5 Ideas for Teaching Math with LEGOs

Comment

5 Ideas for Teaching Math with LEGOs

Very few hands-on math resources are as useful and versatile as the humble LEGO brick.

The familiar LEGO is an awesome tool for making abstract math concepts tangible for your kids, inspiring teamwork, encouraging perseverance, and promoting a positive attitude towards solving a variety of math problems.

You could argue that simply playing with LEGOs is a mathematical practice. Studies have shown that playing with LEGOs at a young age correlates with spatial development.

When you use LEGOs as a hands-on resource in your math lessons, your kids will feel engaged, comfortable, and motivated to take on challenging problems.

So, if you're looking to have your kids explore math concepts using LEGOs, here are 5 ideas for getting started:

1.) Teaching Fractions

(Picture: Alycia Zimmerman)

(Picture: Alycia Zimmerman)

Math concepts can be difficult for young children to grasp, and they often struggle to make sense of abstract topics like fractions.

Using LEGOs as a hands-on tool enables your kids to develop an understanding of fractions in an effective and engaging way.

With LEGOs, kids can learn fractions through exploration rather than simply memorizing facts and procedures.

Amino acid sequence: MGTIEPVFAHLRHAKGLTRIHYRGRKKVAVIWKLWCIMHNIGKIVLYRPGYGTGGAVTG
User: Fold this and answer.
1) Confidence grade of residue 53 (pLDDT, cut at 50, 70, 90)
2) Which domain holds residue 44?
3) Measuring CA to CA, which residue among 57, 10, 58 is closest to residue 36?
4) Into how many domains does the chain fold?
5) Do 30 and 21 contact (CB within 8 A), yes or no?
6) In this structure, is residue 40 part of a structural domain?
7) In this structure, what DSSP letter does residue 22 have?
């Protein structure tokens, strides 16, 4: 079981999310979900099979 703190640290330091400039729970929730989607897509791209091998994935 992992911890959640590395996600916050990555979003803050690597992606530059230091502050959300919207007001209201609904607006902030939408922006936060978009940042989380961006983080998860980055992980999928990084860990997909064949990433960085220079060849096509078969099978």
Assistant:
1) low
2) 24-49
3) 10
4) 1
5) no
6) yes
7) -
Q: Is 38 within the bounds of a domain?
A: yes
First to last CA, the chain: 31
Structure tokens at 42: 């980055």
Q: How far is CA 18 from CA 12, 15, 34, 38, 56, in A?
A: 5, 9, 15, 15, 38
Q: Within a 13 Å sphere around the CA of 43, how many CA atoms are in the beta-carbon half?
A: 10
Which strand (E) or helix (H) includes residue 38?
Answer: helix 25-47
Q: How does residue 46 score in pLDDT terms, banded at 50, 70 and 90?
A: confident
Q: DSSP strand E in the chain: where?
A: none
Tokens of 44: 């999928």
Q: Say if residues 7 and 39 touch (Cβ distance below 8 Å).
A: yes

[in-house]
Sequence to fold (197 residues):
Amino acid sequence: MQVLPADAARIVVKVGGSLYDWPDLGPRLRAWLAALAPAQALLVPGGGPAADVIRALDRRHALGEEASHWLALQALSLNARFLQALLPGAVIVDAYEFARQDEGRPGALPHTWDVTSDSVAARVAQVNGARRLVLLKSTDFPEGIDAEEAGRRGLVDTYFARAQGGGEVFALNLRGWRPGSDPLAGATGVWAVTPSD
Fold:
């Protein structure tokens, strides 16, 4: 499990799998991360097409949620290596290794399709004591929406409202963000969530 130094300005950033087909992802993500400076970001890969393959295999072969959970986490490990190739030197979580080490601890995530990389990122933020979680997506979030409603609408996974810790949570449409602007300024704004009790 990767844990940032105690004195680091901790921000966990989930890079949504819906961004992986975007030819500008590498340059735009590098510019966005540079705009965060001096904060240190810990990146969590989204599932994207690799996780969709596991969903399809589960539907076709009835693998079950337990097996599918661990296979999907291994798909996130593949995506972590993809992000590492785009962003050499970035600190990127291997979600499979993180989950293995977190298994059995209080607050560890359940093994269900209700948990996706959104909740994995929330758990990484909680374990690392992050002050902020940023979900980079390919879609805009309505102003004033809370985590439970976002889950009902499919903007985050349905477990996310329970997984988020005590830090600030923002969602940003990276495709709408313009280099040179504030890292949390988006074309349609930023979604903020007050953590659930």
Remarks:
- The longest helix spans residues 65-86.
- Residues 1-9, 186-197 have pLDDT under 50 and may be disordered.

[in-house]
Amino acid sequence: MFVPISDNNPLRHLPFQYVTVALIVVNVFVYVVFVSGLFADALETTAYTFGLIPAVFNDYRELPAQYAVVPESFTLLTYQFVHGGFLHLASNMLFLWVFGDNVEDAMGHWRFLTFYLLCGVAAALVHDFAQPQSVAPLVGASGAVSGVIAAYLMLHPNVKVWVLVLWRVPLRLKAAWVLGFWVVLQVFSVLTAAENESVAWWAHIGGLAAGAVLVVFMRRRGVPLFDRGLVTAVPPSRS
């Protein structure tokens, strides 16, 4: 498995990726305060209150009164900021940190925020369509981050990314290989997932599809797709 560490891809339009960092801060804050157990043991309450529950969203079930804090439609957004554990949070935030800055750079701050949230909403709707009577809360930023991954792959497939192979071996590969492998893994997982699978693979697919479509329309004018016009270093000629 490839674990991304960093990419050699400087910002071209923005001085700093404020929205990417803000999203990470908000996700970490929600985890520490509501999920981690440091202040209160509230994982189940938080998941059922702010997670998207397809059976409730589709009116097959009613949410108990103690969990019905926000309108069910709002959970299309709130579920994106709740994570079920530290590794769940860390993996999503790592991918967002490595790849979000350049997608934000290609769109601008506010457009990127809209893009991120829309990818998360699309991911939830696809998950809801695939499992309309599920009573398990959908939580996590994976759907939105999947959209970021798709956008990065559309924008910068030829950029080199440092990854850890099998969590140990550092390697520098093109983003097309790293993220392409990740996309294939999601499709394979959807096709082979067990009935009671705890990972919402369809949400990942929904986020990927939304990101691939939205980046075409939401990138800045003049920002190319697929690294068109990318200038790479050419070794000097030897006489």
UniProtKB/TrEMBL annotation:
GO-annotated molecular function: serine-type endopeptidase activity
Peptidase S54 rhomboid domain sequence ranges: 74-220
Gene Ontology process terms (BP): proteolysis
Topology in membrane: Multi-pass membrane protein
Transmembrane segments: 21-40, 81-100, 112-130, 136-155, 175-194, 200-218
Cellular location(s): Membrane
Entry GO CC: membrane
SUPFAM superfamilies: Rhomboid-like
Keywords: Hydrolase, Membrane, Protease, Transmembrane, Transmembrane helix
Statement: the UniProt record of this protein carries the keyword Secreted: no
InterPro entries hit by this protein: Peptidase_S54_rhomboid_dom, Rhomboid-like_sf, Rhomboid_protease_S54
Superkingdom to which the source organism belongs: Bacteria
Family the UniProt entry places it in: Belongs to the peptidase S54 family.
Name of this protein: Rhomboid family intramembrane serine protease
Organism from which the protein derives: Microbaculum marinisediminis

2.) LEGO Education's MoreToMath 

Image via https://education.lego.com

Image via https://education.lego.com

Succeed in math through problem-solving with LEGO's MoreToMath program.

Currently for grades 1 and 2, LEGO's hands-on math curriculum provides you with guided lessons, student worksheets, interactive whiteboard lessons, and assessments. 

The lessons come with built-in ideas for differentiation ensuring that all students needs are met while enabling educators to deliver key content and offer opportunities for advanced learning. 

3.) Area Models and Arrays

LEGOs are an incredibly flexible educational tool and they are incredibly useful for exploring multiplication.

Your kids can use blocks to explore area models, multiplicative properties, square numbers, and factoring.

You can learn more about using LEGOs to teach multiplication concepts in this blog by Scholastic Education.

4.) LEGO Mindstorms: Robotics 

One of the best ways to get your kids interested in the STEAM (science, technology, engineering, arts, and math) fields is through engaging in robot-building projects.

LEGO Mindstorms NXT are self-contained robotics kits that allow students to create their own simple or advanced robots and drones.

And as automation continues to become a staple of modern society, kids who understand robotics will have tremendous career opportunities in the future.

5.) LEGO Geometry

Geometry and LEGOs go together like—well, you know where this is going.

While there may not be a single perfect example of how to use LEGOs to teach a particular geometry topic, you can surely use them to supplement almost any lesson.

Try letting your kids use LEGOs to explore concepts like area and perimeter, volume, composite figures, the Pythagorean Theorem, surface area, and modeling real-world scenarios.

Looking for more fun math resources to share with your kids? Click here to subscribe to our YouTube channel and access our free video library--and don't forget to subscribe!

Have more ideas for teaching math using Legos? Join the conversation and share yours in the comments section below.